Author: Nathan Brightbill
Date: December 1998
You may be sweating it out over Fall Semester finals or enjoying the holiday season, but believe it or not, it's time to start thinking about the coming summer! Summer scientific internships at universities, laboratories, and companies have become as integral to college education as the regular school year, helping students determine possible career paths and gain invaluable experience. Unfortunately, landing the right internship can be an exercise in frustration, aimlessness, and good old fashioned luck.
Locating a suitable program and getting hired does require a lot of research and work, even though the fields of science probably offer more summer opportunities than any other discipline.
Application deadlines are typically in January, February and March, so this is a project to which one should devote a fair amount of time over Thanksgiving and winter breaks. Jenny Mu, a biomedical engineering major of Johns Hopkins University, notes that her experience has been that the earlier you start looking around, the more opportunities you will find.
While the internet is a great place to start, don't forget that talking to people is also one of the best ways to obtain useful information. Talk to professors at your own school or other schools who work in your field of interest. They may provide you with good leads or have positions open in their labs. The Research Experiences for Undergraduates Program (REU) sites, funded by the National Science Foundation, contains hundreds of opportunities at colleges and universities around the U.S. Students can also gain immediate access to any company or national laboratory and find out if they have an internship policy. One such laboratory is Los Alamos, which has a very structured program in which about 1,600 students are employed during the summer. They are also instituting a mentoring program to further ensure that students are getting the kind of experience they want.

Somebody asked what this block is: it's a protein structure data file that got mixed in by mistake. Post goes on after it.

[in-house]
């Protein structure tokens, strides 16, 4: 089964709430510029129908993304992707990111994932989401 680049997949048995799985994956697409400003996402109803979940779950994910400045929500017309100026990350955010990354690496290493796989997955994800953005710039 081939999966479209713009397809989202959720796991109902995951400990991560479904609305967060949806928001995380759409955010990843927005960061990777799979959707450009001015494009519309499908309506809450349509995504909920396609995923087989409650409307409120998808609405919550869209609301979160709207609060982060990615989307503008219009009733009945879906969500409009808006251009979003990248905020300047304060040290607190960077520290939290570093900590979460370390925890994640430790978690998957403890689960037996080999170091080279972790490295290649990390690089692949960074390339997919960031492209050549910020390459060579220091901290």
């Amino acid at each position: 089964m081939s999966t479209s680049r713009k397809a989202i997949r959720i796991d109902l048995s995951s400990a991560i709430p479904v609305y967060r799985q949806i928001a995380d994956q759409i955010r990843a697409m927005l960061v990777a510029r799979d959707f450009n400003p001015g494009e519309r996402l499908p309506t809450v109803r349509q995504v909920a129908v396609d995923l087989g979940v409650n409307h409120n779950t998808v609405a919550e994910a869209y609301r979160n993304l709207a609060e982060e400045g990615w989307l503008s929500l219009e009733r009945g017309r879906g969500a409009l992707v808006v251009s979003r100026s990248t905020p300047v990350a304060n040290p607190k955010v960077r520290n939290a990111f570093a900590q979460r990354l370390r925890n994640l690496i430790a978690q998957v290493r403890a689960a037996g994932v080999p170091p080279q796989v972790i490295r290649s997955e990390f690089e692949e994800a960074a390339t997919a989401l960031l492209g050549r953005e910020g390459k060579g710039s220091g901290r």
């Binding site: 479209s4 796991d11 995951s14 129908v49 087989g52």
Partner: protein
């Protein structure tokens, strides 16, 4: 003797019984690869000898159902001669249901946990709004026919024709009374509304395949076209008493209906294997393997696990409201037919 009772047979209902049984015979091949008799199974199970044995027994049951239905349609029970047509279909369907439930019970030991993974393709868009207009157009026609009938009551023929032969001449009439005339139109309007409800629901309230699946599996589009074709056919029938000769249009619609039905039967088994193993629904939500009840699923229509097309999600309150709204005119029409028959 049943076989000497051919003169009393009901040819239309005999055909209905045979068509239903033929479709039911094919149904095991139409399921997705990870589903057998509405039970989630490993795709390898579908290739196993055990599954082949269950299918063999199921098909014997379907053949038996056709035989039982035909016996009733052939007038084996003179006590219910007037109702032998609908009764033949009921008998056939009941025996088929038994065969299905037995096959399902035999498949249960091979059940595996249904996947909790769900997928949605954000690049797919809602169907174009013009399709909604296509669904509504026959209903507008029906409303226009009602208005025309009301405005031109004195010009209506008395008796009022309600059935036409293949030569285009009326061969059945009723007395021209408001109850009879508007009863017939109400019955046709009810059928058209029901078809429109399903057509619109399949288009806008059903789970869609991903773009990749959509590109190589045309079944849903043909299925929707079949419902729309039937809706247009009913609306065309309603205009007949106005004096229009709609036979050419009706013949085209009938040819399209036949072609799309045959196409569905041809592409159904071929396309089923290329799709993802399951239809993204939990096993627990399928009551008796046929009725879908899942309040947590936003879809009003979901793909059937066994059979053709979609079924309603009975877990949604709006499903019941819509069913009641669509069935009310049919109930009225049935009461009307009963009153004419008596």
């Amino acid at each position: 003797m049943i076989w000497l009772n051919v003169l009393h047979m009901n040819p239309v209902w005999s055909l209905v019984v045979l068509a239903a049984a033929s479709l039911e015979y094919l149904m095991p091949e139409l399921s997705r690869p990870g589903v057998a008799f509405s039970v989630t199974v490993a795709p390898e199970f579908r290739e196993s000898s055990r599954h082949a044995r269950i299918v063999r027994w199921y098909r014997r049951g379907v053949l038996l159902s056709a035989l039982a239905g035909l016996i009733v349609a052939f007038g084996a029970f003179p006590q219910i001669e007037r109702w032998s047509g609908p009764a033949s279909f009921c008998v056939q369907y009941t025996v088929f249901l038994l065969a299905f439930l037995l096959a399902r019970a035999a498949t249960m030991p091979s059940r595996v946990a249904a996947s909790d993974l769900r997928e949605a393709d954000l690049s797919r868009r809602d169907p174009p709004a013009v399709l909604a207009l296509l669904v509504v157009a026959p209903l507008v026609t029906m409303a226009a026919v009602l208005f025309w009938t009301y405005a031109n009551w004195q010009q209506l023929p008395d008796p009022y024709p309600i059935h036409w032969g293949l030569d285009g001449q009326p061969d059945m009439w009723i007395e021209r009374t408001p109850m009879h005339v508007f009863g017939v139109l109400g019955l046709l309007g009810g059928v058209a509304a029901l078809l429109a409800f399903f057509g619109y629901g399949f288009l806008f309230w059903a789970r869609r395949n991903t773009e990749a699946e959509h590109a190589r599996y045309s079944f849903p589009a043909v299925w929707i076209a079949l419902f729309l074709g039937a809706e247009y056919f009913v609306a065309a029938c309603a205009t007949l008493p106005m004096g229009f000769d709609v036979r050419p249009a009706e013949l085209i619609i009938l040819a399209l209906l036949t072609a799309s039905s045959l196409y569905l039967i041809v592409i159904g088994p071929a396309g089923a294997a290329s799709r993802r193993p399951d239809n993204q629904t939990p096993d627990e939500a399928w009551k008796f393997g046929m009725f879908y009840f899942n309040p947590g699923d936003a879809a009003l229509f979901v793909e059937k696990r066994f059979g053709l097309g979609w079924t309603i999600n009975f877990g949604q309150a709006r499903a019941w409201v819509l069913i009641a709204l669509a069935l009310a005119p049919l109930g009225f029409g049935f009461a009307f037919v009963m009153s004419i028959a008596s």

But with the increased use of the internet, one should not forget that talking with people is still the best way to get the most useful information and ideas. Talking to professors at your own or other schools, who work in your field of interest, may provide good leads or they may even have a position open.
On average, only about 10-15% of applicants are accepted into any one program.
While academic performance is of course a factor, it is important to get noticed above the sea of applicants.
Not much can be done to improve your qualifications by the time applications are due. But what you can do is contact the people who will be making the hiring decisions. Ask questions about their work and show them your interest. This has become much easier through the use of e-mail. Though a phone call can be impressive, it can also be a little nerve-wracking if you don't feel comfortable with cold calls. E-mail allows you to take the time to say and ask exactly what you want, and assures that the person will get your message fairly quickly. You will generally receive a timely response.
Carol Hogsett, GRA Representative at Los Alamos National Laboratory (LANL) explained,
"Grade point is only part of the requirement when staff search for students to come here. It really helps if the student shows some initiative. We always encourage students to be pro-active in the job search. As with landing any job, it's up to the student to network and make the necessary contacts . . . in the student's area of interest."
Personal recognition between the student and employer can be more helpful than an outstanding academic record, although one's record does at least need to be within their guidelines. Mu notes that "there's nothing like enthusiasm and a personal touch to get you through the lab door."
Ken Libbrecht, who heads the LIGO REU program at Cal Tech, advises that students might also consider doing more with the application than answering simply what is asked for.
"It is often helpful if students include things not specifically asked for in the application, if it puts them in a good light."
By taking initiative students might also find work where it may not have previously existed. Carolyn Bentley, a student at the University of Arizona, recommends that, if you hear of a position or company that really interests you, sometimes you can inquire directly about internships, sometimes creating one for yourself.
Applying for internships should be done as early in the college career as possible because one or possibly even two summers may not give enough of an idea of what area you want to pursue. "Personally, I believe it's valuable to get a taste of all the different internship settings as soon as you can," Mu said. "The most important thing to understand about internships is that it's all about trial-and-error and discovering your strengths and preferences."